Pelosi joined a couple dozen gun control activists on the steps of the Capitol and vowed Democrats would continue until Ryan scheduled a vote.
One activist, a mother who held a picture of her daughter who was killed in a gun incident, urged people to call the speaker’s office, and said he was listening to the gun lobby instead of citizens.
“Green paper is more valuable than red blood,” the activist shouted, suggesting contributions from gun rights groups were influencing GOP leaders’ decisions.
White House spokesman Josh Earnest said the lawmakers participating in the sit-in were showing the kind of “frustration and even anger that people around the country have about the inability of the Republican-led Congress to take common sense steps that would protect the American people.”
“I think they’re resorting to what I think even they would acknowledge is an extraordinary step to change the status quo in the House of Representatives that prevents even consideration of common sense gun safety legislation.”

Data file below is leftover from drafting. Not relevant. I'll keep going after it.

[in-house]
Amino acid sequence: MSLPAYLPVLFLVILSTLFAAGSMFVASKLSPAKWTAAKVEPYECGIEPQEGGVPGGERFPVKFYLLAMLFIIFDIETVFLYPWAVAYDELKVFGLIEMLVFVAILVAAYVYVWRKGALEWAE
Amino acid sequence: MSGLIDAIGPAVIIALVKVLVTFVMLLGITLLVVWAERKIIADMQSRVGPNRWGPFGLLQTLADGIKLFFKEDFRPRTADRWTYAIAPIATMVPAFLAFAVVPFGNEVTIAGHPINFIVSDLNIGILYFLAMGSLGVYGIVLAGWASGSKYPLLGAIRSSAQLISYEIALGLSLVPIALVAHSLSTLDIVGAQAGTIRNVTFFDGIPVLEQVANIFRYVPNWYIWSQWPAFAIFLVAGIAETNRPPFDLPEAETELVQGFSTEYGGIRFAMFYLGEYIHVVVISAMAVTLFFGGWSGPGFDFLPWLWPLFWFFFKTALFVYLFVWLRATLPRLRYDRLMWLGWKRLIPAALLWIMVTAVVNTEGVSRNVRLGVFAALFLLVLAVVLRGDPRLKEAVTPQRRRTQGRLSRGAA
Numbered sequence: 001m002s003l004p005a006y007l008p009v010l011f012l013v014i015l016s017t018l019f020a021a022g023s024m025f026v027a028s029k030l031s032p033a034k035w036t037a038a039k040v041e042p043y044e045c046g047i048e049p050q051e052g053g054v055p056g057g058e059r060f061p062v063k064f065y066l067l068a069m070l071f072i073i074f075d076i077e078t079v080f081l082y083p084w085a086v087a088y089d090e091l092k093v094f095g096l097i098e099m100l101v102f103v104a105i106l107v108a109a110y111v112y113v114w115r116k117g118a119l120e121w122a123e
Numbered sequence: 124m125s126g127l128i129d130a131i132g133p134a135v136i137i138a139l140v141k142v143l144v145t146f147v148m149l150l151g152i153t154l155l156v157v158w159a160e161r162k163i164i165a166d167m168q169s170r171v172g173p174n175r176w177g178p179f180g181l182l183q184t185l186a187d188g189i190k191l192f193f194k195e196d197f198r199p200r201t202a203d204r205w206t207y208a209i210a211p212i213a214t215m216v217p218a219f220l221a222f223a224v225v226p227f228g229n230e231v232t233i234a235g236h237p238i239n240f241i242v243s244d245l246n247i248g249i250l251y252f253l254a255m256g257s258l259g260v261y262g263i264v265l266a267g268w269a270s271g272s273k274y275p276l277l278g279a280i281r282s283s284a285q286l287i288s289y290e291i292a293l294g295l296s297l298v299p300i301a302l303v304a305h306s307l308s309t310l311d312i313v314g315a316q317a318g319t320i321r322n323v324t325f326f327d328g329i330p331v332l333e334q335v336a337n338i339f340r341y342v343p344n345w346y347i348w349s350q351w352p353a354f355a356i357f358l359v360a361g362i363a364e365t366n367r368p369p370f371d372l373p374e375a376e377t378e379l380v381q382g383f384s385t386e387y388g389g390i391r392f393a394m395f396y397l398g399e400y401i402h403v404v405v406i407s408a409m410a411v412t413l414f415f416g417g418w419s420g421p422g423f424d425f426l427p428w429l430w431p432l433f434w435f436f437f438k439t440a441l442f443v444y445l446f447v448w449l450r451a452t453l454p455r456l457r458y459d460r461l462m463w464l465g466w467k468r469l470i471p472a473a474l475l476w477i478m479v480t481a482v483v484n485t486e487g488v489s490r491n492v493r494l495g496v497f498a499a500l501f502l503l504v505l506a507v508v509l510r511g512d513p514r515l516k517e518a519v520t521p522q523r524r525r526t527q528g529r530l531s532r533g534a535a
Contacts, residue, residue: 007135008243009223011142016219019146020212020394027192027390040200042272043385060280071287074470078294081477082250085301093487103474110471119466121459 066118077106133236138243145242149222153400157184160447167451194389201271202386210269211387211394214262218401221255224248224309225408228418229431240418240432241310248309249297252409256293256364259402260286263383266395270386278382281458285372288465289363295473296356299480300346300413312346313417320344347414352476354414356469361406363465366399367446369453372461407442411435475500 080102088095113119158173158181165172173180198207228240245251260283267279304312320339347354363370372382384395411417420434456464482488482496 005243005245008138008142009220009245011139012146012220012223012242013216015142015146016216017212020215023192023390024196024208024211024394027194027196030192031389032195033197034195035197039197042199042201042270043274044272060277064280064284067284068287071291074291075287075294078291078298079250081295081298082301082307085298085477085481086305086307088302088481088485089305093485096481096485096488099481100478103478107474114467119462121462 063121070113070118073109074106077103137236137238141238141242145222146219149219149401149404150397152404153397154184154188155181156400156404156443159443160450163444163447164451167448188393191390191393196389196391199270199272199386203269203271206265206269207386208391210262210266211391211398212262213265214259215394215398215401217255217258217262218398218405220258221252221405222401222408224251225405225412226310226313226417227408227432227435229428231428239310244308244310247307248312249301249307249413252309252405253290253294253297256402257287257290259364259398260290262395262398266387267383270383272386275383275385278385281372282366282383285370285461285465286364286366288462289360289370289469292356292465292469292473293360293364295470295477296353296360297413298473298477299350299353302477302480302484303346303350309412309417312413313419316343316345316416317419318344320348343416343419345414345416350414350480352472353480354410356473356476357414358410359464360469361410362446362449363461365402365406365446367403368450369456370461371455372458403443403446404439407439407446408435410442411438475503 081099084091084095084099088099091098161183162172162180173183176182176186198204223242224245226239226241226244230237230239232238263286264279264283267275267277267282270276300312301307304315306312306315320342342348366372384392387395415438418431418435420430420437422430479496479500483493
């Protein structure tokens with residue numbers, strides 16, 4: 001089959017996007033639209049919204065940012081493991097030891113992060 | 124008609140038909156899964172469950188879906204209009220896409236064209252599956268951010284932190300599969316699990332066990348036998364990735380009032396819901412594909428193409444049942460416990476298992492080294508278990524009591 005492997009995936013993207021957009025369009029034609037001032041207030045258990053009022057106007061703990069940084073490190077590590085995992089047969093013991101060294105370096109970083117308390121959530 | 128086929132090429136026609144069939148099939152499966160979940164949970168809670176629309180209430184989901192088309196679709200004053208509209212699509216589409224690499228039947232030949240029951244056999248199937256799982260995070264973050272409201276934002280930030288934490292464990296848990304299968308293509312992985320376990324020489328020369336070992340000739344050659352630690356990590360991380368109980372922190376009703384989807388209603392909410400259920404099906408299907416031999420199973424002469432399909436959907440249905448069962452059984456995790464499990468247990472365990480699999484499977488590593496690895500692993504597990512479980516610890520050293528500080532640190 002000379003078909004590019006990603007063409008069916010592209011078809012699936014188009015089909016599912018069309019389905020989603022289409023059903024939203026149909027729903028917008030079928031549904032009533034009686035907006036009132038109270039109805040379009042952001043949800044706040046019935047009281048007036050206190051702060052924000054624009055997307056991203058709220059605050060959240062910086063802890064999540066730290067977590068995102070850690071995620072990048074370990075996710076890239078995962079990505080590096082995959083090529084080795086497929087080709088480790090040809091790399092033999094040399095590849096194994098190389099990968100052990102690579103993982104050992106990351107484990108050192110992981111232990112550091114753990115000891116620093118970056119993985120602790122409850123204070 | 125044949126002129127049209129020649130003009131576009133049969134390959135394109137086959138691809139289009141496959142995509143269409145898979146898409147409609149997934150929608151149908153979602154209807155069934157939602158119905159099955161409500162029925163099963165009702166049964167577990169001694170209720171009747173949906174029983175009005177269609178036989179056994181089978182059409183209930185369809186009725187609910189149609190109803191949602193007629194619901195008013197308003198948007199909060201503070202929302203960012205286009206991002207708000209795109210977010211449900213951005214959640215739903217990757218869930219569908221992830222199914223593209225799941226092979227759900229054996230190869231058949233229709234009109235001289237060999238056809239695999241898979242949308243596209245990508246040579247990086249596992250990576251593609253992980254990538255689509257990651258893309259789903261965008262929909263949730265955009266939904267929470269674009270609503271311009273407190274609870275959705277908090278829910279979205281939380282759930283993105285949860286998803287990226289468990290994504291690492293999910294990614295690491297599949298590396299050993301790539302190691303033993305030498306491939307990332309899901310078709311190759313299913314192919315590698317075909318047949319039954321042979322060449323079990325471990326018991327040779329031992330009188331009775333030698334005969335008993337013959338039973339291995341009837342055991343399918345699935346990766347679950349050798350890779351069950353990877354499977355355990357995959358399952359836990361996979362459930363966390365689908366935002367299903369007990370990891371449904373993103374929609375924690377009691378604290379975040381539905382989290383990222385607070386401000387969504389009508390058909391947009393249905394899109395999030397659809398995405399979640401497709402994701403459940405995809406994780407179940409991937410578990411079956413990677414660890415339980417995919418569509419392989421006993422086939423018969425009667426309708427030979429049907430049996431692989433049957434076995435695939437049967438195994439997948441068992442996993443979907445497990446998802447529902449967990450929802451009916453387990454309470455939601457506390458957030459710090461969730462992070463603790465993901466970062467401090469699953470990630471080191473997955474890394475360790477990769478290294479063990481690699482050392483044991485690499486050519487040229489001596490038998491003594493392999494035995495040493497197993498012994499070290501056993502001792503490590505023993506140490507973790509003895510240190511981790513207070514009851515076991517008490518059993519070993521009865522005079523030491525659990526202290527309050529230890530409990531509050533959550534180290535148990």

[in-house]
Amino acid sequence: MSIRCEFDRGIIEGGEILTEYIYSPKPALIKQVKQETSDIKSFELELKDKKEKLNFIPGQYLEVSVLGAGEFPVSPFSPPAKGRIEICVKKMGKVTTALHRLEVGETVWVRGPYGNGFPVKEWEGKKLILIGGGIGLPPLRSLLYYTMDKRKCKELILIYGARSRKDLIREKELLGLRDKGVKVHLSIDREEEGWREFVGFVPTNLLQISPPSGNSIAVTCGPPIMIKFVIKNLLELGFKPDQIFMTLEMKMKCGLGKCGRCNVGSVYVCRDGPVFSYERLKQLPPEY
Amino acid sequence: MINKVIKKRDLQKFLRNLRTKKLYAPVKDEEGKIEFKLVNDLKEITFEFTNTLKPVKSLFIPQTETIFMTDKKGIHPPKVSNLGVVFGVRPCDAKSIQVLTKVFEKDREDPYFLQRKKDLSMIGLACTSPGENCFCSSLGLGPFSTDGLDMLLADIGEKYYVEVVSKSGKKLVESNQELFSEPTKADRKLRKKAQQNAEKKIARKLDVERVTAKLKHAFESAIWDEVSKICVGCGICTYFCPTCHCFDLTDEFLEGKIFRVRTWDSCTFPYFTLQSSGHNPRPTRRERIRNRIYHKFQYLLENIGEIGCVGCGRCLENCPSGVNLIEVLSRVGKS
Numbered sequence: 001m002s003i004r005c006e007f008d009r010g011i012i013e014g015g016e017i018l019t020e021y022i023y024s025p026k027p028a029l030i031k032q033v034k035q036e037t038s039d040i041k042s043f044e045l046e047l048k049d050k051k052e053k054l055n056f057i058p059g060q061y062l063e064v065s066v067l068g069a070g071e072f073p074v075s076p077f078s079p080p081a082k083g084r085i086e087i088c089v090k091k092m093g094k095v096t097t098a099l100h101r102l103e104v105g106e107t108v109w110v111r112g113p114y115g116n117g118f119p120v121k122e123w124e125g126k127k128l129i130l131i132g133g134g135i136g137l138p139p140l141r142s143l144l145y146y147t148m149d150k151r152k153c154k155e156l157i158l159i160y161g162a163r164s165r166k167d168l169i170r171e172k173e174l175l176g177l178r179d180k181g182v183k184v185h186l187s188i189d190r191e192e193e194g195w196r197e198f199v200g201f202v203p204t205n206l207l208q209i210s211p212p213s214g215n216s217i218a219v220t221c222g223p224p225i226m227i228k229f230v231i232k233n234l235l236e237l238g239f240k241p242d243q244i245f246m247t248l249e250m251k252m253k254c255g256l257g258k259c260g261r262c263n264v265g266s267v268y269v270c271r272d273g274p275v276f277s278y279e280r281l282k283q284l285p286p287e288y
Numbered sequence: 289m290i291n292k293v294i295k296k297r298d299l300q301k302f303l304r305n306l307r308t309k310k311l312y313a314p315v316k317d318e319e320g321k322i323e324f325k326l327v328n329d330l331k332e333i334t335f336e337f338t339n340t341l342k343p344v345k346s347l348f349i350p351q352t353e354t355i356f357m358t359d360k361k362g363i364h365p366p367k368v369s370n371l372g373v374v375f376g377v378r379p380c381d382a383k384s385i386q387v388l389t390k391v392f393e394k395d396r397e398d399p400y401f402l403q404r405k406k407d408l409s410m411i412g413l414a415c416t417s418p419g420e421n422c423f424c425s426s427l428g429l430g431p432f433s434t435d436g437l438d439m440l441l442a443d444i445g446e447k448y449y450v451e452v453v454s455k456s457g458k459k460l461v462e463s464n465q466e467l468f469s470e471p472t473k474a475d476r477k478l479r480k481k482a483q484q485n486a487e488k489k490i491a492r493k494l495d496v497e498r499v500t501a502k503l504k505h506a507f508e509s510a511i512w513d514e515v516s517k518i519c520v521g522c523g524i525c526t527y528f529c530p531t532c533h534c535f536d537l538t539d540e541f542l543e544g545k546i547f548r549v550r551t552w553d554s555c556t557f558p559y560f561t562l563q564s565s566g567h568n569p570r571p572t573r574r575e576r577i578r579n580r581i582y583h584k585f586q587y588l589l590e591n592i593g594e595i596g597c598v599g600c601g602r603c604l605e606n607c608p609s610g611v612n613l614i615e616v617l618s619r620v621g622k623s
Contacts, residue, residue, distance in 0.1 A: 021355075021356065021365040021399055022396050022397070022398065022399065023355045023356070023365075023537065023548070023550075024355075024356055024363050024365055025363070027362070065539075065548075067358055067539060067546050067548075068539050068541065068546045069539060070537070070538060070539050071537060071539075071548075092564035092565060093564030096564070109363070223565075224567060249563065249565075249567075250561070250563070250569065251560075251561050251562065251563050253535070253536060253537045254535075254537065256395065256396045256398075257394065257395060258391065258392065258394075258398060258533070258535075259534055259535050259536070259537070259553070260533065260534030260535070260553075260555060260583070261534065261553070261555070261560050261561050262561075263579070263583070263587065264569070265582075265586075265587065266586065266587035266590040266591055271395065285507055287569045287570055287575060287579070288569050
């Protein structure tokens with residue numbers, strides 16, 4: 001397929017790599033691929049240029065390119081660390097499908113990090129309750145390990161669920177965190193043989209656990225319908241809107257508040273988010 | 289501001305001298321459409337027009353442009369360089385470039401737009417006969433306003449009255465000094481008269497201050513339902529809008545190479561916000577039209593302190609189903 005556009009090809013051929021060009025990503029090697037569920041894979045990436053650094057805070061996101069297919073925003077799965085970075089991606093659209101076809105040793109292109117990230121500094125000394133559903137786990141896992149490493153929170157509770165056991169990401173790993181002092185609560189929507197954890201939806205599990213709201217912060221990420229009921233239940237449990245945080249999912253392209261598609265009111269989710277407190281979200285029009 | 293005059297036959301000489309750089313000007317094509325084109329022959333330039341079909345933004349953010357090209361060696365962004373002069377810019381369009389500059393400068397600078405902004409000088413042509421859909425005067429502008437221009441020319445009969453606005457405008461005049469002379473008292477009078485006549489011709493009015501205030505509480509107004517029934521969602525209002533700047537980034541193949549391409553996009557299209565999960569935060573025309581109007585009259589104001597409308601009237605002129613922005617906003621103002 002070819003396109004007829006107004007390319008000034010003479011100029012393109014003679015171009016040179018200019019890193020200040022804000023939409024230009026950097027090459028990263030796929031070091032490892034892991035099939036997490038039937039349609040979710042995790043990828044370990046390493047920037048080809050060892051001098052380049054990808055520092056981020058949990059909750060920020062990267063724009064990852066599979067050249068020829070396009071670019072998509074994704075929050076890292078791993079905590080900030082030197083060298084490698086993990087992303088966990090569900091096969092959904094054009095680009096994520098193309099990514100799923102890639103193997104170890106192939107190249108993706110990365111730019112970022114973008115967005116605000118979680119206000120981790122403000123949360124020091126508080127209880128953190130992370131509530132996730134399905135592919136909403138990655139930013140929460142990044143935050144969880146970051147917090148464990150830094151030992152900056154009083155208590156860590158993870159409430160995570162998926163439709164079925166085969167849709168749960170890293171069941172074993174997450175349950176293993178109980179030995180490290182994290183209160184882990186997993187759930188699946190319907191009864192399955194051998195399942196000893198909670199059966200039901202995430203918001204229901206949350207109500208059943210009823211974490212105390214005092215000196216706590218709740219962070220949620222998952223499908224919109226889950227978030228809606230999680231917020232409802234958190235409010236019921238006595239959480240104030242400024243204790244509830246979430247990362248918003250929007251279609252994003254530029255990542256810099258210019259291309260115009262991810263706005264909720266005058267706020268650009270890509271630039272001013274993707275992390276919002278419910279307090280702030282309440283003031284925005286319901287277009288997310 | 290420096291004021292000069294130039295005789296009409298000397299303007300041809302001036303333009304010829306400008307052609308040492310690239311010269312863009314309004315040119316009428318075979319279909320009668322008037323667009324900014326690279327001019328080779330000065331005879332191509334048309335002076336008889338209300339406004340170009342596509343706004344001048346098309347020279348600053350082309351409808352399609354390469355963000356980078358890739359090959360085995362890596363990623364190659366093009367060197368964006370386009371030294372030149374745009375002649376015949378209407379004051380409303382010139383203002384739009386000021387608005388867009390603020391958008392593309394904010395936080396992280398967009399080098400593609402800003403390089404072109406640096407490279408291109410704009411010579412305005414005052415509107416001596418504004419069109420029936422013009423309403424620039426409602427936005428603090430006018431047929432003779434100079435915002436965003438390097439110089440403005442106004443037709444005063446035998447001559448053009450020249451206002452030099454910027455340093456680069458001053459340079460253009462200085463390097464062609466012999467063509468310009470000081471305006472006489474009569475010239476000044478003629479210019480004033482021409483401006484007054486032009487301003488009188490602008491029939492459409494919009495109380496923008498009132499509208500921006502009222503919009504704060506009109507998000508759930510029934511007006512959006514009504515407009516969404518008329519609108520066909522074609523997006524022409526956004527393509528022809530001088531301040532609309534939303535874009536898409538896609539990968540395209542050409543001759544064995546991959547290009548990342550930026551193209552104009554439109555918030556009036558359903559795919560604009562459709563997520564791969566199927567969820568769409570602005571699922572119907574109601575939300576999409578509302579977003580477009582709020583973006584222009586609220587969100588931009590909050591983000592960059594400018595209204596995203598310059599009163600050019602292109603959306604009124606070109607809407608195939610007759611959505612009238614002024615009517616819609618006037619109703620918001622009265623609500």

South Carolina Rep. Jim Clyburn, who was very vocal about the need for gun control following the Charleston Massacre, lead lawmakers in prayer for gun violence victims.
The U.S. House controls the cameras on its floor, so live video footage was not available during the sit-in, which occurred while the House was in recess, though many lawmakers tweeted images or streamed live video via smartphones.